Kingswood Elementary School on Kingsway just north of Bloomingdale has a very special garden in the circular courtyard inside that passersby do not see. Big things have been happening there since Mr. Craig Burkhard became principal four and a half years ago just when the grounds were in need of renovation.
That was when they started their Pennies-for-Plants program and students donated the funds that put in the irrigation system and other permanent structures for their Reading Garden. Since then they have a drive every year and the classroom that contributes the most gets an ice cream party. Funds now go mostly for new plants or mulch or wicker furniture.
"The theory behind this," says Mr. Burkhard, "is that children will take better care of the garden since they feel they are involved. Everyone here uses the garden, the students, the teachers, and the parents. The fifth grade mentors sit out there when the weather is good and read to the younger children. Adult volunteer tutors work with students on reading or on other subjects.
"We find that if everything looks nice, the children behave better. Many parents also like the park-like atmosphere."
Most of the installation work has been done by Mr. Burkhard, the teachers, and parent volunteers. It is maintained by both the principal and the custodial staff. The children help plant and clean up in general.
The gardens also serve as classrooms for science projects such as the vegetable gardens were peppers, tomatoes, and some of Florida's best spinach--a very difficult crop to grow here--are thriving. Cucumbers are vining up a trellis in front of an antique wagon. All of these thirsty plants are grown in Earth Boxes where water reservoirs greatly increase the rate of success and production.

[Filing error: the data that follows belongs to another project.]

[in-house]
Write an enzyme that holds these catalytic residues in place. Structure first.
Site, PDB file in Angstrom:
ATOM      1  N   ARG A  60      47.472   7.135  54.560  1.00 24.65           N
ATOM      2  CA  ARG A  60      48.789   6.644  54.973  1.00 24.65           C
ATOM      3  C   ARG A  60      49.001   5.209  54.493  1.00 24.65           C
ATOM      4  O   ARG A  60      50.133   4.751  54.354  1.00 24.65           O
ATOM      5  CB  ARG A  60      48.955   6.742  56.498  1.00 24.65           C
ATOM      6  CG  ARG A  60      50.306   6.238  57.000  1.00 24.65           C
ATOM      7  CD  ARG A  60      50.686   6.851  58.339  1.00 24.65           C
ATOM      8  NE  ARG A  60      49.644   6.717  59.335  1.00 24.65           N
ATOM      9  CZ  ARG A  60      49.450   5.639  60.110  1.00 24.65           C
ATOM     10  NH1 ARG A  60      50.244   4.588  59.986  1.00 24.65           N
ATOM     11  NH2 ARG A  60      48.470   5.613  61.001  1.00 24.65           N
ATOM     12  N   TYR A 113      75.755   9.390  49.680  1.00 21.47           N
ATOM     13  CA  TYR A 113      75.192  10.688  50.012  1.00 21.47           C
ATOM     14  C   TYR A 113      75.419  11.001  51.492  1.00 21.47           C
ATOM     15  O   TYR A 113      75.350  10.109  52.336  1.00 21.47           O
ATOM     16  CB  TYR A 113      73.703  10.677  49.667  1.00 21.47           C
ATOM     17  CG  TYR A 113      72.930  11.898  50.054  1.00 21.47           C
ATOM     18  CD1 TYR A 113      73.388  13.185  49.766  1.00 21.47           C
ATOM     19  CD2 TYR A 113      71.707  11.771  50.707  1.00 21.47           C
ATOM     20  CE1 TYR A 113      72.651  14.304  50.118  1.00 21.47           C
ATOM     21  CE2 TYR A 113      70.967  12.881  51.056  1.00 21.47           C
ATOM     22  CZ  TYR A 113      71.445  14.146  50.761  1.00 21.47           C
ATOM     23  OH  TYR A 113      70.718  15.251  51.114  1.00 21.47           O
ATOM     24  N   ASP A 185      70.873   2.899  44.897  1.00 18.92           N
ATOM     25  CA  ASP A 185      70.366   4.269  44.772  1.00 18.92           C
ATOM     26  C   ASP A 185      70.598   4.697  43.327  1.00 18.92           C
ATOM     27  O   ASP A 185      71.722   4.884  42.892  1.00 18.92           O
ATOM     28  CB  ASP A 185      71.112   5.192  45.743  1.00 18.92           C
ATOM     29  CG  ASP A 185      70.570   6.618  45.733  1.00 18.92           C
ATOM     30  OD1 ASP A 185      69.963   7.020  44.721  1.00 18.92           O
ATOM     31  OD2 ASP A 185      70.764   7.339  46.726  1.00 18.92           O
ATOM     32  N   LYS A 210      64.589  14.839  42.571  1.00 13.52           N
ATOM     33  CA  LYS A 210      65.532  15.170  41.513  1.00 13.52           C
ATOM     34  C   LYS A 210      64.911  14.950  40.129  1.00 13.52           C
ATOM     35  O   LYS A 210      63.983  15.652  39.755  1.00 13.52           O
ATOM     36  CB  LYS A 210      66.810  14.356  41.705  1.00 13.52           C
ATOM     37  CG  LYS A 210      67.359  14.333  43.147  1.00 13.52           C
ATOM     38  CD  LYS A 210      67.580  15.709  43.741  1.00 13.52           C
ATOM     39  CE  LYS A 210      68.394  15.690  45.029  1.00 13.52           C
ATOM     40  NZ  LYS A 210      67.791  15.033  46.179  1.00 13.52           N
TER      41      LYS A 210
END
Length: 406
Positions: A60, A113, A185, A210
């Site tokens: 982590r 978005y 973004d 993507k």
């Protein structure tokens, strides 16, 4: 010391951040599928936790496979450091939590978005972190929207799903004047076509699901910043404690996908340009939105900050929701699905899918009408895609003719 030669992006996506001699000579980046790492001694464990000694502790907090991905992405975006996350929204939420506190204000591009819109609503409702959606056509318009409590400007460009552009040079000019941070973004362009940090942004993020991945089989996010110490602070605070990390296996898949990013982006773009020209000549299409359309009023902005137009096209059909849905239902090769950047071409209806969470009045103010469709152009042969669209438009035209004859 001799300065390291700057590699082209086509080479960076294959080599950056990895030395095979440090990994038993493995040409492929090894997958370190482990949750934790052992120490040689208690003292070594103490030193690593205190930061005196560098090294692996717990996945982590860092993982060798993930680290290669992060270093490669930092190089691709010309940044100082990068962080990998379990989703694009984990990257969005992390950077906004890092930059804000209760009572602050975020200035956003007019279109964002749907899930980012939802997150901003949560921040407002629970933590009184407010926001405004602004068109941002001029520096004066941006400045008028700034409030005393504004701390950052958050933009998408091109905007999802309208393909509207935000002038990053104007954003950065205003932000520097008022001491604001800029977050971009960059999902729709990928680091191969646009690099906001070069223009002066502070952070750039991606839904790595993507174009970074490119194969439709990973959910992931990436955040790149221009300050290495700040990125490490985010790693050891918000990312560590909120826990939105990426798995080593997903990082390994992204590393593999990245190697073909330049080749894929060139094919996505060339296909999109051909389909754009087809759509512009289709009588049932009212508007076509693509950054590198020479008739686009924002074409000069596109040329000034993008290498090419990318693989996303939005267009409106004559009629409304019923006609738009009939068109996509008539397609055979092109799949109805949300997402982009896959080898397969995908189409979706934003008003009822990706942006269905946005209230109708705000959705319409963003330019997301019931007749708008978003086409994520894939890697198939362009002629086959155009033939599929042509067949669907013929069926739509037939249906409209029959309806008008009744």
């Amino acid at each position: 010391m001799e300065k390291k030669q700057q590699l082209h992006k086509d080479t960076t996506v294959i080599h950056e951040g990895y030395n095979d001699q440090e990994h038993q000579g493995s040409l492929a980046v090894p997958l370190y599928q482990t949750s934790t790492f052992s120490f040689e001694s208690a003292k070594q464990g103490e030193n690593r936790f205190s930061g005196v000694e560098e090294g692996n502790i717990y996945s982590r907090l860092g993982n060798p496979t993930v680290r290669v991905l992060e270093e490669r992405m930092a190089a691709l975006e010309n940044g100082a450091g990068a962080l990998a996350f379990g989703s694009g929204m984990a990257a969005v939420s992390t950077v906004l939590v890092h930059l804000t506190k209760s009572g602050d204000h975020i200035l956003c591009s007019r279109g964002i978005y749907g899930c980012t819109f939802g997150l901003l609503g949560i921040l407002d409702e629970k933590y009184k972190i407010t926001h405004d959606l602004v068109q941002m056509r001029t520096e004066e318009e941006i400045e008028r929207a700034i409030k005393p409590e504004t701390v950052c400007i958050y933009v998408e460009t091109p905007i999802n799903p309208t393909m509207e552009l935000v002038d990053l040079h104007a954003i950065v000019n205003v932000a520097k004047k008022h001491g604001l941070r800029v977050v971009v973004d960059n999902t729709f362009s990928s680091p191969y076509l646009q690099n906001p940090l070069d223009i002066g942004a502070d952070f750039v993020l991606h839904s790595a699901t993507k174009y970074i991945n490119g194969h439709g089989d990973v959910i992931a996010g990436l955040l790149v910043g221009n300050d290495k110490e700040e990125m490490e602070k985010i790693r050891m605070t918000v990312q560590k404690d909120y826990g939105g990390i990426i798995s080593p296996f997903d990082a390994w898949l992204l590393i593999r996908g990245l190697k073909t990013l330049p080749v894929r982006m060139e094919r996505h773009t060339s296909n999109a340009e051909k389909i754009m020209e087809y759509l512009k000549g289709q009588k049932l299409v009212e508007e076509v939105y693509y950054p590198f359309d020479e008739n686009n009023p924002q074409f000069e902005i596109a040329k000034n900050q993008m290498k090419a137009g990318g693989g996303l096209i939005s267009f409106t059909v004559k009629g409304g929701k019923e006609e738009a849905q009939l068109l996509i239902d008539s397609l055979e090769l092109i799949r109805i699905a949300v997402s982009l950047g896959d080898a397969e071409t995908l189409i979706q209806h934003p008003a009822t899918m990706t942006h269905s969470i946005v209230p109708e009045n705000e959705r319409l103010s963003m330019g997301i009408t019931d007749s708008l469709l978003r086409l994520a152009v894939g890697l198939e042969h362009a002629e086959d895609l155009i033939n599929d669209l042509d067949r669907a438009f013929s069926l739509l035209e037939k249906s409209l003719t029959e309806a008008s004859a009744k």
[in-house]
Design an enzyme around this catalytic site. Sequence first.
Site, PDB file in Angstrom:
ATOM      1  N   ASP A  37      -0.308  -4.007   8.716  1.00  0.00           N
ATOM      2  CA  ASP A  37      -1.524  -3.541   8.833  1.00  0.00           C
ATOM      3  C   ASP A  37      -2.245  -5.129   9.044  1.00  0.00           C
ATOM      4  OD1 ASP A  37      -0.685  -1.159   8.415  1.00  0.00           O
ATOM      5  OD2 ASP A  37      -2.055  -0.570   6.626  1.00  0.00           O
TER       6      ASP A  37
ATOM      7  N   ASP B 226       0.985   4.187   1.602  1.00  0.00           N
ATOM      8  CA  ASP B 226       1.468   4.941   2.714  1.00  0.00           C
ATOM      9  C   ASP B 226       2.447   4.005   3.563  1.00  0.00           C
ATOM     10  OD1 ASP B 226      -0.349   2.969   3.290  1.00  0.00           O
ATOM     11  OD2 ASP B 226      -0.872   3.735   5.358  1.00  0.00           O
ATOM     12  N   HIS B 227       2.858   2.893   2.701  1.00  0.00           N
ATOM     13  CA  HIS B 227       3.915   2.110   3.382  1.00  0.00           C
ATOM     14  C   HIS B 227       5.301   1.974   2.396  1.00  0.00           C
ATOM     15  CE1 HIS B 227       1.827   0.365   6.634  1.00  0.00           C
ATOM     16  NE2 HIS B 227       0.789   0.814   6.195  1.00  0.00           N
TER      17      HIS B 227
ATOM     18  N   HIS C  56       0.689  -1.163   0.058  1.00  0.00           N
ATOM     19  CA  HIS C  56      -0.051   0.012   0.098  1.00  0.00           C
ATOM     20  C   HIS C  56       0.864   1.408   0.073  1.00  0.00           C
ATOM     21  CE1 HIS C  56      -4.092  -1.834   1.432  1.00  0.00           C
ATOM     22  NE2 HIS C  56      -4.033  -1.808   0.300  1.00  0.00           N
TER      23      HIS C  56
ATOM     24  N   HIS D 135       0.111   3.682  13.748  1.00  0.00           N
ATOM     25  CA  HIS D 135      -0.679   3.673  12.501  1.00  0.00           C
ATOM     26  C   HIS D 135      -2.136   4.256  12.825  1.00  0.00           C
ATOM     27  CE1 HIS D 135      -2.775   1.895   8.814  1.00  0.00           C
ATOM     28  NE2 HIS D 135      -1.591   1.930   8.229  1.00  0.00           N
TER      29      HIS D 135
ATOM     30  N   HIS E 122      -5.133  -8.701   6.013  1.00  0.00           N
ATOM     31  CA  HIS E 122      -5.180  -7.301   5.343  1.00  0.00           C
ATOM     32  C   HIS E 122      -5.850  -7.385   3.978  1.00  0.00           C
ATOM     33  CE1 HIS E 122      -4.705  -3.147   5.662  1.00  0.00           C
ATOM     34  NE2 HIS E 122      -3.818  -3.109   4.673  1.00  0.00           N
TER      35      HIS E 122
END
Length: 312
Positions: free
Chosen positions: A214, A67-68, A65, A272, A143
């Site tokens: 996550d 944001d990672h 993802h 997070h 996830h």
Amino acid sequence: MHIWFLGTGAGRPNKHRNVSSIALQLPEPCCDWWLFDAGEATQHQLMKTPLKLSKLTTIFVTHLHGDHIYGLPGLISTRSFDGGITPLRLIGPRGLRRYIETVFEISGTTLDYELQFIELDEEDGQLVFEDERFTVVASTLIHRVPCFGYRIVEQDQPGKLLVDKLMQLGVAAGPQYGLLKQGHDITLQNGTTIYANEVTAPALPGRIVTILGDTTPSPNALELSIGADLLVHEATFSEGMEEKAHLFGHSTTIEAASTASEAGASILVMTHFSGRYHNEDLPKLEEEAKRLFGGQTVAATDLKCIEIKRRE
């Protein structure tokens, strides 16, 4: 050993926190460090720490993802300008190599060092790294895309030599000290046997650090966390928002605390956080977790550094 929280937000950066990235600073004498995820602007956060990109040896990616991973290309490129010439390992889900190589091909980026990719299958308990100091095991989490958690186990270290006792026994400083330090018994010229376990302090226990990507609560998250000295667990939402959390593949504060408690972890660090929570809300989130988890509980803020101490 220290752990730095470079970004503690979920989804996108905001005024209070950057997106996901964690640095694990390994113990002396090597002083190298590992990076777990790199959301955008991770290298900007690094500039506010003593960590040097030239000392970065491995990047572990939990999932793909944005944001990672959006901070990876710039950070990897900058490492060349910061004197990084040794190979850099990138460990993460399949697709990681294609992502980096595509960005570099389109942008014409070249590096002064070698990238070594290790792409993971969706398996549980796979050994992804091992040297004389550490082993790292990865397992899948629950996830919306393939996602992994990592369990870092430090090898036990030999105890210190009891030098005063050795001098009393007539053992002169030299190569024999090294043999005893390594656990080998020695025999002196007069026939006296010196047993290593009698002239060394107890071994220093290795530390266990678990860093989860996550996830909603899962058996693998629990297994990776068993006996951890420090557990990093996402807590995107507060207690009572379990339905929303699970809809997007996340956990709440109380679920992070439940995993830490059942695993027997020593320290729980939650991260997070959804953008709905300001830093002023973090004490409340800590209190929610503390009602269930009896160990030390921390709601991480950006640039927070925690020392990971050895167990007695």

A paved and covered path surrounds the circular courtyard and classrooms open onto it. Just inside the circle this year, and as a new addition, daylilies have been blooming for the past several weeks.
"It is a surprise for the students every day to come in and see what new colors and new plants are blooming that day," says Mr. Burkhard.
Crisscrossing the circle are flagstone paths, a part of the original garden, put down by someone wise enough to know that people of all ages like a shortcut and children especially seek the shortest distance between where they are and where they are going.
"We make a point to teach them at the beginning of the year that they must step one foot on each stone and not run and they are very careful," says Mr. Burkhard..
There is also a patio where parents can come and eat lunch with their students and where teachers eat. Much of the brick work was done on that by Mr. Randy Kelly who has children in the school. Large, colorful umbrellas, as well as towering trees shade the picnic tables, and pots of ferns decorate the tops of the large brick fence posts.
Children who learn to notice and appreciate gardens and nature are much more likely to learn to find happiness and contentment in their lives at little cost. They come to realize the great rewards of even small bits of dedication, and as painlessly as possible also learn the loss of neglect.
Perhaps the Kingswood School garden can best be summed up in this little poem that came from a wood nymph.
In this garden of sunlight, of blossoms and trees,
I study the cardinal abuilding her nest.
I'm happy to learn my ABCs,
And even to read about Socrates.
We folks at Kingwood
Both young and old
Can understand that Nature's good
Is to be treasured more than gold.
This is the patio where the teachers eat lunch
and parents can come and eat lunch with their students.